Tag Archives: Hillary Clinton

Predicting a Wave

By Jim Ellis

Oct. 13, 2016 — Democrats are attempting to get atop of what they perceive as a growing wave in response to Donald Trump’s potential collapse, but they are missing several components necessary to creating such an outcome.

During the past two days Democratic leaders and strategists have begun to predict a landslide Hillary Clinton win, a majority in the US Senate, and now an impending wave large enough to carry their House candidates to success.

In the Senate, as we know, Democrats need to hold all 10 of their in-cycle seats, and then convert at least four Republican states to re-capture the majority. Illinois, Wisconsin, and Indiana all look like impending Democratic victories. Nevada Rep. Joe Heck (R-NV-3), in the one state Democrats are risking, continues to hold a small lead but his advantage over former Attorney General Catherine Cortez Masto (D) is tenuous.

New Hampshire Sen. Kelly Ayotte (R) and Pennsylvania Sen. Pat Toomey (R) are both highly vulnerable and could easily lose, as could North Carolina Sen. Richard Burr (R). Missouri Sen. Roy Blunt (R) sees better trends developing in his state at the presidential level, but Democrats are using a strong performance in the open governor’s race as a potential springboard to unseating the one-term senator and former US House Majority Whip. Ohio Sen. Rob Portman (R), Arizona Sen. John McCain (R), and Florida Sen. Marco Rubio (R) look to be stemming the adverse tide. But, all of the aforementioned races could easily change one way or the other in the final four weeks.

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Wisconsin Shock Poll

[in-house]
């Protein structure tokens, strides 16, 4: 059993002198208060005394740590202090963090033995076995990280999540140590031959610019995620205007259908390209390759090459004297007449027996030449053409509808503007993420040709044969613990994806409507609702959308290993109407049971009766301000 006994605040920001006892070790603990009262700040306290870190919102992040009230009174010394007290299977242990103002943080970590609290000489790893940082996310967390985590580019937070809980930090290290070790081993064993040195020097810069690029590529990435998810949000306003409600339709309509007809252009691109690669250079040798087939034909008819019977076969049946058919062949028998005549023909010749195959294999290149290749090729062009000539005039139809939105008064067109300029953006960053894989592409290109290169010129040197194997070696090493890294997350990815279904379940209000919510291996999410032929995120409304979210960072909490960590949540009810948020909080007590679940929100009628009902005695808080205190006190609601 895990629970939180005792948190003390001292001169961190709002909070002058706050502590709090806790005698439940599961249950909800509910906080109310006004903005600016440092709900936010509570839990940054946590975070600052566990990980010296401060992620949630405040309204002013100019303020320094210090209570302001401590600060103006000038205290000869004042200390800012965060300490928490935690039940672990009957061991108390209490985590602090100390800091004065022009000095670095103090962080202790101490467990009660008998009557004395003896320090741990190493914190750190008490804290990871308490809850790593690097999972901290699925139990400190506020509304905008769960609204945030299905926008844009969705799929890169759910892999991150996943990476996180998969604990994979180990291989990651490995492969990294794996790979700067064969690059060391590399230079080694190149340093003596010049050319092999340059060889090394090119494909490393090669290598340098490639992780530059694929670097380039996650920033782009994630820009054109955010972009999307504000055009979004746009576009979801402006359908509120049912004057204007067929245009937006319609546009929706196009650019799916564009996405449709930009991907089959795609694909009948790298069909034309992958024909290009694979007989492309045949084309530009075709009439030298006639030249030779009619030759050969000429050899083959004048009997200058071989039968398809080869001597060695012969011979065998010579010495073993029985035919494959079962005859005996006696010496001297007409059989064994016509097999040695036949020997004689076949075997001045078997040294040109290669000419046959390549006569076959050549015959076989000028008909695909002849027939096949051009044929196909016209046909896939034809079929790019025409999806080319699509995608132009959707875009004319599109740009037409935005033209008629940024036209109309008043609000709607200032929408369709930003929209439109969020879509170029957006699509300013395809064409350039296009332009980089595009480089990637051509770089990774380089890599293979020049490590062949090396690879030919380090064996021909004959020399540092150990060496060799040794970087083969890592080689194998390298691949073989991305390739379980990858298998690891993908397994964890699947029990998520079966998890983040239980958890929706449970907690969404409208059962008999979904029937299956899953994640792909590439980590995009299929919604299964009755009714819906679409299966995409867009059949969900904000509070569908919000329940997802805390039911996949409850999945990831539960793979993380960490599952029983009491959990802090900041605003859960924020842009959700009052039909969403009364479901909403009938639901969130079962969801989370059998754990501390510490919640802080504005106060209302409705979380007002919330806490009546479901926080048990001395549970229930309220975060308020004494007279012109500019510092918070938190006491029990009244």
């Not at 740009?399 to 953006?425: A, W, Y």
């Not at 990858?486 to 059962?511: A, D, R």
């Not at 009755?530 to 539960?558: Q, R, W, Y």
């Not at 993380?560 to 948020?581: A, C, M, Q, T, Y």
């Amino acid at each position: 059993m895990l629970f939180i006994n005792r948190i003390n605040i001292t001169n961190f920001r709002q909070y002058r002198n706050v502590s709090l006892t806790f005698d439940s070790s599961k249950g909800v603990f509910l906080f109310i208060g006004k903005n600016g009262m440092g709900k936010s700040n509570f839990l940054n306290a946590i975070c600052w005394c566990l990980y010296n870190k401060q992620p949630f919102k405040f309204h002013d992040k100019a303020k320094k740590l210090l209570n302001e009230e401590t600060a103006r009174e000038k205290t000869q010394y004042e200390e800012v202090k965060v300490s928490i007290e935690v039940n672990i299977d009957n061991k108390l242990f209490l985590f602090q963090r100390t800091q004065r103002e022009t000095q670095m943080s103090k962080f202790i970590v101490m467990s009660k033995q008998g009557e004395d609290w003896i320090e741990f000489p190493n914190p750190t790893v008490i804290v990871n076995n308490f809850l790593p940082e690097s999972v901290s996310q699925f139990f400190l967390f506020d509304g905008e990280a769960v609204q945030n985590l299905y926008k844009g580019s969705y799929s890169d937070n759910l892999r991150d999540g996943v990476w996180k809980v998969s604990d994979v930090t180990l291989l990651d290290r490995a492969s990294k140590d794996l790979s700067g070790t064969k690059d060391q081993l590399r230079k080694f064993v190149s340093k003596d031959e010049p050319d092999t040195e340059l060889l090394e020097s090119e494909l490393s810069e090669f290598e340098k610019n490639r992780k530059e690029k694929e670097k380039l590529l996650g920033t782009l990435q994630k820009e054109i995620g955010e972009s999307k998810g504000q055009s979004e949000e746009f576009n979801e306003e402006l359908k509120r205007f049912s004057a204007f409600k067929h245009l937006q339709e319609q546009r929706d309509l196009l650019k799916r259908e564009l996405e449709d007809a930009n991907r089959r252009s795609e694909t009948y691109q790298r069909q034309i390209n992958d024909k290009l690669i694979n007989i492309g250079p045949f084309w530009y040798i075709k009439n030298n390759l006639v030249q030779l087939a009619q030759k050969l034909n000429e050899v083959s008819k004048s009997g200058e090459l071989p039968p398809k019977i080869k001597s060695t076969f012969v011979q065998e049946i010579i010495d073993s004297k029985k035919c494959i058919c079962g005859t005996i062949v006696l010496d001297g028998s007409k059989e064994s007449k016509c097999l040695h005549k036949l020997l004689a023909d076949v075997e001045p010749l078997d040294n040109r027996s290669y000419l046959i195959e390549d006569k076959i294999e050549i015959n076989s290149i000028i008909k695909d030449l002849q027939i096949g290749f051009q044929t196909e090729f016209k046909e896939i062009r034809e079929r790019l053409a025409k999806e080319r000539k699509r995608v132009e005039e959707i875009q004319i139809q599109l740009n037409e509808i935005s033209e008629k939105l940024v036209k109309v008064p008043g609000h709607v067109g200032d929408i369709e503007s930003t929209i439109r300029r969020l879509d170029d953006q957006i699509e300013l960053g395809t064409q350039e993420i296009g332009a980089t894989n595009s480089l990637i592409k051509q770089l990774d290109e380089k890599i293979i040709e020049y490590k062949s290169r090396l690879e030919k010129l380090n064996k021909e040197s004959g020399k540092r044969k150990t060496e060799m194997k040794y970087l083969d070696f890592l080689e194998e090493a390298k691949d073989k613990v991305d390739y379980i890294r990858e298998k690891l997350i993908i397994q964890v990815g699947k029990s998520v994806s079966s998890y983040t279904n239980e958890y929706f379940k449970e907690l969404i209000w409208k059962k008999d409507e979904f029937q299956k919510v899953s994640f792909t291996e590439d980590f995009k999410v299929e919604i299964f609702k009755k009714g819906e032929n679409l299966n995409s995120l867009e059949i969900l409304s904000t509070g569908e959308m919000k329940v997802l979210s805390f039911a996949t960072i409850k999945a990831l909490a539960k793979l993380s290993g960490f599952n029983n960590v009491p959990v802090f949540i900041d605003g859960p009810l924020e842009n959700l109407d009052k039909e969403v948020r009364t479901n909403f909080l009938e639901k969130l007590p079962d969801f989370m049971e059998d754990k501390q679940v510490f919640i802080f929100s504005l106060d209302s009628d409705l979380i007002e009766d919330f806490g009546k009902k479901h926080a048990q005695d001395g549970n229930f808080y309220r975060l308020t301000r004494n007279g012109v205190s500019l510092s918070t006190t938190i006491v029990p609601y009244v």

By Jim Ellis

Oct. 12, 2016 — Last week, we reported on both parties canceling their Wisconsin Senate race media buys leading all to deduce that challenger Russ Feingold (D) has an insurmountable lead for incumbent Sen. Ron Johnson (R) to overcome. Since Johnson has not been ahead in any survey for almost two years and has come within five points of ex-Sen. Feingold only a handful of times during that period, Wisconsin has climbed to the top of the Democratic conversion list.

Now, however, a new Loras College (Dubuque, IA) poll (Oct. 4-5; 500 likely Wisconsin voters) finds Sen. Johnson surprisingly rebounding to a 45-40 percent lead.

Though the result is not compatible with any other available data, the sampling group members’ attitudes and answers on other questions do blend in with previously reported results. The study appears weighted properly for voting patterns, (37 percent Democrat; 32 percent Republican) and demographics, while the presidential numbers track with all other surveys.

When asked whether the sampling group would support Hillary Clinton, Donald Trump, Libertarian Gary Johnson, or Green Party candidate Jill Stein for President, 43 percent of the Loras College respondents said Clinton, 35 percent Trump, and 8 percent Johnson, while Stein recorded 2 percent.

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What Now?

By Jim Ellis